3) There are tons of things we can do to ensure that all of our organs and systems function at their best that go beyond eating a traditionally healthy diet. All of them will help tremendously in prolonging health and life. I have written about some of these like the kidneys, the intestines, the stomach, the pancreas and liver, but I know I have to write more about that.
      4) There are many supplements that are also known to have amazing health-promoting and life-extending properties. Obviously, these will also help a great deal in prolonging health and life. I have written about B12 and Mg, which are two of these micronutrients that are essential for long life and that both actually play a role in the preservation and health of our genes and DNA. I will write about several more as I go through this series of articles on living to 160. Of course, nobody knows what can actually be done for sure simply because it’s never been done on humans, and, in fact, because it cannot be done in a controlled experiment. But, there are nonetheless quite a few people that are, as we are, doing this experiment on themselves. Therefore, we are bound to find out eventually, at leat within our own lifetime :), how long we can potentially live.

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  2. Hi.
    Great paper, I enjoyed a lot. However, I would raise some question which I find important or, at least, interesting.

    To be honest, the first time I read the paper, I thought the idea raised ethic problems or maybe science fiction, but today, after meditating the issue some days, I think the opposite terms.
    First of all, the main idea of this paper would be that there might be one ore more genes regulating our natural age, and we can modify them to increase our age, that means, we would can regulate our aging.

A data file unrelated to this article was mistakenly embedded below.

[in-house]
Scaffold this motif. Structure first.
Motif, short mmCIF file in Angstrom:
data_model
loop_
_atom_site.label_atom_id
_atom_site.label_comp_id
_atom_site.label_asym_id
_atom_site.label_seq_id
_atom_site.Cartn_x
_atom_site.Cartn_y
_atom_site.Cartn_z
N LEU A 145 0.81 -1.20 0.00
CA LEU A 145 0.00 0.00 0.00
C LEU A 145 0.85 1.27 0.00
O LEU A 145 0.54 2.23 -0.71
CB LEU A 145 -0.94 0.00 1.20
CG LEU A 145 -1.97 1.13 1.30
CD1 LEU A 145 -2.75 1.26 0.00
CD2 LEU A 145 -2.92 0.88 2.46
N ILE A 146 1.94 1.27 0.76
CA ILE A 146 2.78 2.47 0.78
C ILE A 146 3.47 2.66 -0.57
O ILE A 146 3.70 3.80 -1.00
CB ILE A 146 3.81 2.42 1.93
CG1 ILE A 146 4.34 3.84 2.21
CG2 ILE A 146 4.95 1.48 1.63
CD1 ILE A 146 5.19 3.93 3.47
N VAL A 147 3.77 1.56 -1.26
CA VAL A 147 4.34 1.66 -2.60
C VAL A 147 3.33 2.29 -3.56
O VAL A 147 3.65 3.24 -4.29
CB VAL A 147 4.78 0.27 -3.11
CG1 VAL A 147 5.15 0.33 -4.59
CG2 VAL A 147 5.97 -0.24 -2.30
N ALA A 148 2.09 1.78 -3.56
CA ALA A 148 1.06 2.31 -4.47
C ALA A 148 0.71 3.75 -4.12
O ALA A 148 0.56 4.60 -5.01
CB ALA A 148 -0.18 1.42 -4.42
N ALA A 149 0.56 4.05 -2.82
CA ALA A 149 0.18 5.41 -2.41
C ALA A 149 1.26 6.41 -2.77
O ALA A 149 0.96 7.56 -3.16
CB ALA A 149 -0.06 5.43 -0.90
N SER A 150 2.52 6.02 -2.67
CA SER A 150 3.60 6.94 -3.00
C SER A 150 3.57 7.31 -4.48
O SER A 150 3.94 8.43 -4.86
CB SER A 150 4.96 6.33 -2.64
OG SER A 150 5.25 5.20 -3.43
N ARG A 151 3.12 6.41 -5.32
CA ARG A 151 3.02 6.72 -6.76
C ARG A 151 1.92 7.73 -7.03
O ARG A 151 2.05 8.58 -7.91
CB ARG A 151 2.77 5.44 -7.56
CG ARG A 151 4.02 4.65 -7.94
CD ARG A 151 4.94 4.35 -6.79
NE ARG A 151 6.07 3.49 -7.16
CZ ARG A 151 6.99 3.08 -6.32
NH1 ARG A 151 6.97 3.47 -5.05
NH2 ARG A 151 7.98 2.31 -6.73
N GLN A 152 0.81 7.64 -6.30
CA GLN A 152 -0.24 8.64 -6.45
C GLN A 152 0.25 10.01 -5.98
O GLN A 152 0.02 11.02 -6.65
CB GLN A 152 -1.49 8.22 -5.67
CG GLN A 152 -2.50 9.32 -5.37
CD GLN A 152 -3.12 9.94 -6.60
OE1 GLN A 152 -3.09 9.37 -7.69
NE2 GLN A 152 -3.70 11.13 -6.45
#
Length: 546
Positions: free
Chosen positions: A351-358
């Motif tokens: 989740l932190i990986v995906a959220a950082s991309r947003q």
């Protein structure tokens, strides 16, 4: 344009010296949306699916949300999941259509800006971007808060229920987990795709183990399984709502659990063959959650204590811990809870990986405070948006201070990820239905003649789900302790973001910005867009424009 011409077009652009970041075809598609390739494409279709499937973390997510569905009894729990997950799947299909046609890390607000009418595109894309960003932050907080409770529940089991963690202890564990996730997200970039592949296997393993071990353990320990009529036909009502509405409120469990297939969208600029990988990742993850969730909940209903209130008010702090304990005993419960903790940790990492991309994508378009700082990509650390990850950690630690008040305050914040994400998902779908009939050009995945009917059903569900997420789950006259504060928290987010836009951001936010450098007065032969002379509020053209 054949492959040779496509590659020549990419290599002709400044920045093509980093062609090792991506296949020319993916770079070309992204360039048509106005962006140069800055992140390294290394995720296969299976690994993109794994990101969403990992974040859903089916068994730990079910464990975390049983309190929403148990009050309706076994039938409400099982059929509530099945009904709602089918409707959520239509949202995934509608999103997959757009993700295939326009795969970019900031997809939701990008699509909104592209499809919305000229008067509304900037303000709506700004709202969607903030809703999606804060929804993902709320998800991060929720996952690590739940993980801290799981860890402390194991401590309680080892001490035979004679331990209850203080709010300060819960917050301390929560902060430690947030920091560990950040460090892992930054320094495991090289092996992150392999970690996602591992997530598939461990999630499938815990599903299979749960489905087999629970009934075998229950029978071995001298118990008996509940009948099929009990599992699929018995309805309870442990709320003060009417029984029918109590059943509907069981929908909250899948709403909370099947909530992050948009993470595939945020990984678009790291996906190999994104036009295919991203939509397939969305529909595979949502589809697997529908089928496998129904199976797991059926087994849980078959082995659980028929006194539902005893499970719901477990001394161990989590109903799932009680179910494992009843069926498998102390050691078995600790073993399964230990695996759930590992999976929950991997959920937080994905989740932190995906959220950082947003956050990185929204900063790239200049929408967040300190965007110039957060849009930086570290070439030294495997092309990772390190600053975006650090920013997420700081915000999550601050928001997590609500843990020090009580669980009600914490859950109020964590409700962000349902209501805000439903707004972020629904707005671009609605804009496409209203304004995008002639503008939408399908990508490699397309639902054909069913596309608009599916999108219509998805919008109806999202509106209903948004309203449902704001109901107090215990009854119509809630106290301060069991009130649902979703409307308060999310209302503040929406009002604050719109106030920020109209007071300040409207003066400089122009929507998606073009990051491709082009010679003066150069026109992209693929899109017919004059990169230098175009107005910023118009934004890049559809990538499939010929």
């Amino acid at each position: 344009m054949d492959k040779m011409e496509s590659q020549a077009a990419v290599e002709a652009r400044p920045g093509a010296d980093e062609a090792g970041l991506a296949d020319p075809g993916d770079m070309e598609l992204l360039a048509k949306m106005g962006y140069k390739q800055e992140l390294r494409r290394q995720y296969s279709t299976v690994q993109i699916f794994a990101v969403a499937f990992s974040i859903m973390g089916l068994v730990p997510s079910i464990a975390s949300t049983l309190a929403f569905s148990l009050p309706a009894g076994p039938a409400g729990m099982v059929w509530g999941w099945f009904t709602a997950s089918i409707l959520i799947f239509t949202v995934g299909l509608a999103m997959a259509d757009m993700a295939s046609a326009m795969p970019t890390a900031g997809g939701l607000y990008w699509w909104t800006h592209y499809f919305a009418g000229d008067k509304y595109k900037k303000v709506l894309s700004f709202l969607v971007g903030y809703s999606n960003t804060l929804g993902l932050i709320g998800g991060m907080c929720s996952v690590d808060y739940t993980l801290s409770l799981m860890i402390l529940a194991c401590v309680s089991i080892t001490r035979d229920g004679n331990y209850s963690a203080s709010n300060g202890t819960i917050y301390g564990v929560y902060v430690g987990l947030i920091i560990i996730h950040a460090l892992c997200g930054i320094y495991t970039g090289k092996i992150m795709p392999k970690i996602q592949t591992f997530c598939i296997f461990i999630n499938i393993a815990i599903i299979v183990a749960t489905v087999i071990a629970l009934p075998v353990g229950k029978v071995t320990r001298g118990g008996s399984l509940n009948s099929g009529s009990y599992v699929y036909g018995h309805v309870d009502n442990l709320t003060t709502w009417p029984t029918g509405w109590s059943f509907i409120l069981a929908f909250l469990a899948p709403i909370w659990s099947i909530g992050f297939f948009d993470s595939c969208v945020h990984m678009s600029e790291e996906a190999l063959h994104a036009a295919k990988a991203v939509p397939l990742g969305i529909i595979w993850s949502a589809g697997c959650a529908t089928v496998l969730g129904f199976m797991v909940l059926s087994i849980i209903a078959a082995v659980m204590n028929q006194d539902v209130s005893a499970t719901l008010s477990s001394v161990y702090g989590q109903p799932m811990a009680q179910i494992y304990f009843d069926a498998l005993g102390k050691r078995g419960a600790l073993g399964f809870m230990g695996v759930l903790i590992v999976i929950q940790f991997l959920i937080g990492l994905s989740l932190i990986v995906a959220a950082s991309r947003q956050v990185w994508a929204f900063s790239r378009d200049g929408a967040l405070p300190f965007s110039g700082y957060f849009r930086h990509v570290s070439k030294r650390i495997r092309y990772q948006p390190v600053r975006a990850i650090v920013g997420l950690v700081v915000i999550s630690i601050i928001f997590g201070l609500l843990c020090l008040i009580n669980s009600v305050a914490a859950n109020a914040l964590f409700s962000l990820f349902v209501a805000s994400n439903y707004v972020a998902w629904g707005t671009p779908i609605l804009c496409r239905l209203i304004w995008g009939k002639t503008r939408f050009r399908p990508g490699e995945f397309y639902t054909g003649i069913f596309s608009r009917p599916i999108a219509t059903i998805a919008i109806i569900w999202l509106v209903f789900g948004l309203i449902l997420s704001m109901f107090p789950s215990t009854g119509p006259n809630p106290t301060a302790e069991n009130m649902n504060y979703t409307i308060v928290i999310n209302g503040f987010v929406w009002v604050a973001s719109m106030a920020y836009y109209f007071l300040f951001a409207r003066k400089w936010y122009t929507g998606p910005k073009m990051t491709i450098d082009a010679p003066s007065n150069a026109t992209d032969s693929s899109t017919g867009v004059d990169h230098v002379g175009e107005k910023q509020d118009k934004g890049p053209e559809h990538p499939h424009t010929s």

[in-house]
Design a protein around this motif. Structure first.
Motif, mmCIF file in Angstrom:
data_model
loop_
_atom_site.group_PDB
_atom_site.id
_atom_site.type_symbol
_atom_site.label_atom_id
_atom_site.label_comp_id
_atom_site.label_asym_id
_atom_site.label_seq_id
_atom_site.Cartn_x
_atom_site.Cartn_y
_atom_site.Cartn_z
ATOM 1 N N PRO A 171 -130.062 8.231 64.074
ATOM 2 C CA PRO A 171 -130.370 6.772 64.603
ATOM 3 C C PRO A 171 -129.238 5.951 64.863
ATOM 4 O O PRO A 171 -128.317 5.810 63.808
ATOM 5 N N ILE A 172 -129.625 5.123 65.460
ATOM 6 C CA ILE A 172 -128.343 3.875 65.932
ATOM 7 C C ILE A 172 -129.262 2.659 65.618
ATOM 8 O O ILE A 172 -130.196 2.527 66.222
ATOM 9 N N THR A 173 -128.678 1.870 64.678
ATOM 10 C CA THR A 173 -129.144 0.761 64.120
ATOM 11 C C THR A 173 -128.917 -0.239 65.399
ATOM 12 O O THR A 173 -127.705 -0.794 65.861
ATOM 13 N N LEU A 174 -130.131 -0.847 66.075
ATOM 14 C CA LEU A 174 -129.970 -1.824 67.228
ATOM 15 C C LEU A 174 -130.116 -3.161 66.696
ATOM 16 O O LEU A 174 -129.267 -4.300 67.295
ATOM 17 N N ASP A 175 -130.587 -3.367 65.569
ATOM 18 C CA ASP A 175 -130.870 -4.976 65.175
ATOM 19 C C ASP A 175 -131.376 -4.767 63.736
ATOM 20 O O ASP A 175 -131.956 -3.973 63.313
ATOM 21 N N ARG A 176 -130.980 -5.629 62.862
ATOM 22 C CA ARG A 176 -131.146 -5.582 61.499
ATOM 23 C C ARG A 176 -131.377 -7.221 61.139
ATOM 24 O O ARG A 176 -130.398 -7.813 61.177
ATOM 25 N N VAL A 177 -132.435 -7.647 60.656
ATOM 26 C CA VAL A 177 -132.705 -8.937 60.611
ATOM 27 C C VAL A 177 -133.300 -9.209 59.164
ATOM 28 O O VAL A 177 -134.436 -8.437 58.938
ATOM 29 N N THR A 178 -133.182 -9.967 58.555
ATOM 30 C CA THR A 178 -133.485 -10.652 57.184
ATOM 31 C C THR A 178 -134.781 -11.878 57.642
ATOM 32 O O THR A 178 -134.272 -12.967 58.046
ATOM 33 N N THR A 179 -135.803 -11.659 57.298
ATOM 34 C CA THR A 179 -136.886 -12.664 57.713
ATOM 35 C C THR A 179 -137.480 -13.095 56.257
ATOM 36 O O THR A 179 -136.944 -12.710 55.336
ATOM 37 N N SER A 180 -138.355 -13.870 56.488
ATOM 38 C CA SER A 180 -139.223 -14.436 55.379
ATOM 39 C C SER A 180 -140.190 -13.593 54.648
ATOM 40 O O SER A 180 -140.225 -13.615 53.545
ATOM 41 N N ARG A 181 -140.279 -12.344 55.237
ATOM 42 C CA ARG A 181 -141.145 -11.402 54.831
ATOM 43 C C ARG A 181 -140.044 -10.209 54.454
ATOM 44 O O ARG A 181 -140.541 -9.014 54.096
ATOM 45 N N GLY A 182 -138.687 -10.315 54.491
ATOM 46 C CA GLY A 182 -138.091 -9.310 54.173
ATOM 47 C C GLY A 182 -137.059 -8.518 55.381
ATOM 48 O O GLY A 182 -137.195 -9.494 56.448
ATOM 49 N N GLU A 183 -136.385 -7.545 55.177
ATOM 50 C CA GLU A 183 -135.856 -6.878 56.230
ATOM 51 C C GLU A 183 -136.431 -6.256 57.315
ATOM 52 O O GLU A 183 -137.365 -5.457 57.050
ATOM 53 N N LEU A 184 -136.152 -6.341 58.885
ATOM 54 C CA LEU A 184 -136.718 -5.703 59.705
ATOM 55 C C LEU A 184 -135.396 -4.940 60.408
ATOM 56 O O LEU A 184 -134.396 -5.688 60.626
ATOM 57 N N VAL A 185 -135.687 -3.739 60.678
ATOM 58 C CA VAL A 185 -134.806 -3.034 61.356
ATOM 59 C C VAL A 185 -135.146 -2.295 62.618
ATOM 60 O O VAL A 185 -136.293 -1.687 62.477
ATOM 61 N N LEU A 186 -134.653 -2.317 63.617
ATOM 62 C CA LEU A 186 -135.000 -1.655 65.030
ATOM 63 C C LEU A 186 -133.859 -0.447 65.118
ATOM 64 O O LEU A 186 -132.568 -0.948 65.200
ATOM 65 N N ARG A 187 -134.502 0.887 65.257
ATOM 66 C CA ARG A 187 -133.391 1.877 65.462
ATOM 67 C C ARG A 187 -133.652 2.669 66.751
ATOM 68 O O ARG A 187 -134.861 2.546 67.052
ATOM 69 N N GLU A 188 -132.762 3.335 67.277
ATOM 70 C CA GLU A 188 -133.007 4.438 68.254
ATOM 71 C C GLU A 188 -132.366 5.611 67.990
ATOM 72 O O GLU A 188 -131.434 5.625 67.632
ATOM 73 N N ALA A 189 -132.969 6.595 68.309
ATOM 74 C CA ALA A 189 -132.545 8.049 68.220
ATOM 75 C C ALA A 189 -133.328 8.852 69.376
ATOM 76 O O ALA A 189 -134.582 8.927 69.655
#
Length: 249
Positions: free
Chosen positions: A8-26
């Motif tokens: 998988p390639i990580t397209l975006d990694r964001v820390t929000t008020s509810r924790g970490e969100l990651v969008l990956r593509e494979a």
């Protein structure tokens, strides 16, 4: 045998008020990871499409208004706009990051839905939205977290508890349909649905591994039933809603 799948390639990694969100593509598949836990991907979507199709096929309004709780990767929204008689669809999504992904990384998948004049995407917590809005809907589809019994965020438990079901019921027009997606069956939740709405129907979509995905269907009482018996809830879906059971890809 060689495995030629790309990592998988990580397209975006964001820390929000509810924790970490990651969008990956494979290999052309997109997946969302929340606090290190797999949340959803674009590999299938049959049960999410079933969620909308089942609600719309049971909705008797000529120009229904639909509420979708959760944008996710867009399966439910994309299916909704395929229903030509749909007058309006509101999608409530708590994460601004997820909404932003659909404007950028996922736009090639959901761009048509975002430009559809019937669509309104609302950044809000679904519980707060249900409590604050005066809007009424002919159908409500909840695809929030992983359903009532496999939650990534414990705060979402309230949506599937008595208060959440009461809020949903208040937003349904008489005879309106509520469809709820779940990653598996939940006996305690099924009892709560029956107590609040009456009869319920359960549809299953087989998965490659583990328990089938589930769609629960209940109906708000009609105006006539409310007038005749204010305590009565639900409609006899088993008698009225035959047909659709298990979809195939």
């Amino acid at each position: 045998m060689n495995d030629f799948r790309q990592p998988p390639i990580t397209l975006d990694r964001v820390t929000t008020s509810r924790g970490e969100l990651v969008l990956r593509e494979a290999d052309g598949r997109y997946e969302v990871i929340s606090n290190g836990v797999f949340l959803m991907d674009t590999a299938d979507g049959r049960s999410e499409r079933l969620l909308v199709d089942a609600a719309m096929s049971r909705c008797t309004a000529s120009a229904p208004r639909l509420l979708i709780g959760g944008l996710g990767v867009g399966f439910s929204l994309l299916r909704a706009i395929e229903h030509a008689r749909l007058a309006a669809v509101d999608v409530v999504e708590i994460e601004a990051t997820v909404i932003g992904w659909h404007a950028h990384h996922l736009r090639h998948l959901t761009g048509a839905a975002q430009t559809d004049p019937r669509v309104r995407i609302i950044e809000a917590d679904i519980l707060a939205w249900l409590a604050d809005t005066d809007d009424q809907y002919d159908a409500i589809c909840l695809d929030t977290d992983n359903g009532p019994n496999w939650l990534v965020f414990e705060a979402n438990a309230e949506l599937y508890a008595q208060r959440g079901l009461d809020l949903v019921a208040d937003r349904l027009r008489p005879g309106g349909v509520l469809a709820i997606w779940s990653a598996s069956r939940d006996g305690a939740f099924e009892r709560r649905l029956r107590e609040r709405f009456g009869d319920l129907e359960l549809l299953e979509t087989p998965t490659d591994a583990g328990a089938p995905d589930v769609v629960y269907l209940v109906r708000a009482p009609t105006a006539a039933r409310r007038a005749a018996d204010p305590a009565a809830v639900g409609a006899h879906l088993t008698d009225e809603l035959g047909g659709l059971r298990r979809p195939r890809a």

As far as I understood, roughly speaking, we can live 120 years, for instance, and we do not look like as a old person, what’s more, we looked 60 years younger. Over the history of humanity, we have increased our life expectancy gradually; for example during the middle age, the average age was about 40 years, whilst in 1955 this average was about 45 years. Today, that average is, more or less, about 80 years (always talking about “developed” world).
    How were we able to increase this average dramatically in only 50 years?. The answer is clear, of course, we have improve a lot our lifestyle. Today, anyone of us lives better that one King of any Castle in the Middle Age. Our food is better (in principle), we have more comfortable houses, ours jobs do nor require physical efforts, we have heating in our houses, and so on, and, over the years, we managed to live more, and better.

    What this paper (and Cynthia Kenyon) suggests would be to double our life expectancy immediately, without expecting years to adapt ourselves to this new “feature”. This is not bad, in principle. Why would we have to wait 50 or more years?. We have already modified our environment and now we are able to live more years, so I do not see any reason to do the same with our genes.
    But, Could we handle this new situation?. I think that nobody knows how those modifications could affect us, bringing new diseases, for example.

    I will keep thinking about this issue, meanwhile if you want to watch the Cynthia Kenyon Ted Talk, this might be interesting for you.

    Thank you very. Best regards.

    Jose David.

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    • Thank you Jose David. To be clear: nobody, as far as I am aware, claims to know how to extend human lifespan considerably to beyond 90-100 years, which we see in the longest lived people in various places in the world. Cynthia Kenyon and others’ work on lifespan in simple animals is one thing, and doing this in humans is quite another. Also to be perfectly clear: there is manipulation of genes that is in principle required; it is gene expression that is modified by the concentration of insulin. It is our own genes that, without being modified externally in any way, either promote the production of protective molecules that protect and repair the DNA and organelles in the cells or not. So, to be sure, there is really no ethical component involved here, as far as I am concerned.